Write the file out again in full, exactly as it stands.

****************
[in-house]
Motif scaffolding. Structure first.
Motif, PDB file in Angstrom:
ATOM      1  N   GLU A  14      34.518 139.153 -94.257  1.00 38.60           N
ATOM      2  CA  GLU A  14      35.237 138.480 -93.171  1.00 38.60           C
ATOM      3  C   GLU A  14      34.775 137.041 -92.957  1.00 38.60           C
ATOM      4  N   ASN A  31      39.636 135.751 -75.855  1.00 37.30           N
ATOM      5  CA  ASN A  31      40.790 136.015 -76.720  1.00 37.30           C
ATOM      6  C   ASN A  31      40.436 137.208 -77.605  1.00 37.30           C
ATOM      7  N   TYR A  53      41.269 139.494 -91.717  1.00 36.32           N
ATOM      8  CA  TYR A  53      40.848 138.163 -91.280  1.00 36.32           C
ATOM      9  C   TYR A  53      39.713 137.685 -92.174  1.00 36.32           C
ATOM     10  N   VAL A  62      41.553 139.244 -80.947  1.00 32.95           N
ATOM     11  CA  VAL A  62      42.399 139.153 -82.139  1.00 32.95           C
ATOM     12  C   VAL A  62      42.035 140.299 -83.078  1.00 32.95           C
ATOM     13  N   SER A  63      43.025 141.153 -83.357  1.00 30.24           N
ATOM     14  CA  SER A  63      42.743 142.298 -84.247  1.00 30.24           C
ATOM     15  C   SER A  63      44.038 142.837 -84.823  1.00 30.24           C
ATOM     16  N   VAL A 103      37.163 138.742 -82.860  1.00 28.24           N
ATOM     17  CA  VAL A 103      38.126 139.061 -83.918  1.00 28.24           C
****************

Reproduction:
[in-house]
Motif scaffolding. Structure first.
Motif, PDB file in Angstrom:
ATOM      1  N   GLU A  14      34.518 139.153 -94.257  1.00 38.60           N
ATOM      2  CA  GLU A  14      35.237 138.480 -93.171  1.00 38.60           C
ATOM      3  C   GLU A  14      34.775 137.041 -92.957  1.00 38.60           C
ATOM      4  N   ASN A  31      39.636 135.751 -75.855  1.00 37.30           N
ATOM      5  CA  ASN A  31      40.790 136.015 -76.720  1.00 37.30           C
ATOM      6  C   ASN A  31      40.436 137.208 -77.605  1.00 37.30           C
ATOM      7  N   TYR A  53      41.269 139.494 -91.717  1.00 36.32           N
ATOM      8  CA  TYR A  53      40.848 138.163 -91.280  1.00 36.32           C
ATOM      9  C   TYR A  53      39.713 137.685 -92.174  1.00 36.32           C
ATOM     10  N   VAL A  62      41.553 139.244 -80.947  1.00 32.95           N
ATOM     11  CA  VAL A  62      42.399 139.153 -82.139  1.00 32.95           C
ATOM     12  C   VAL A  62      42.035 140.299 -83.078  1.00 32.95           C
ATOM     13  N   SER A  63      43.025 141.153 -83.357  1.00 30.24           N
ATOM     14  CA  SER A  63      42.743 142.298 -84.247  1.00 30.24           C
ATOM     15  C   SER A  63      44.038 142.837 -84.823  1.00 30.24           C
ATOM     16  N   VAL A 103      37.163 138.742 -82.860  1.00 28.24           N
ATOM     17  CA  VAL A 103      38.126 139.061 -83.918  1.00 28.24           C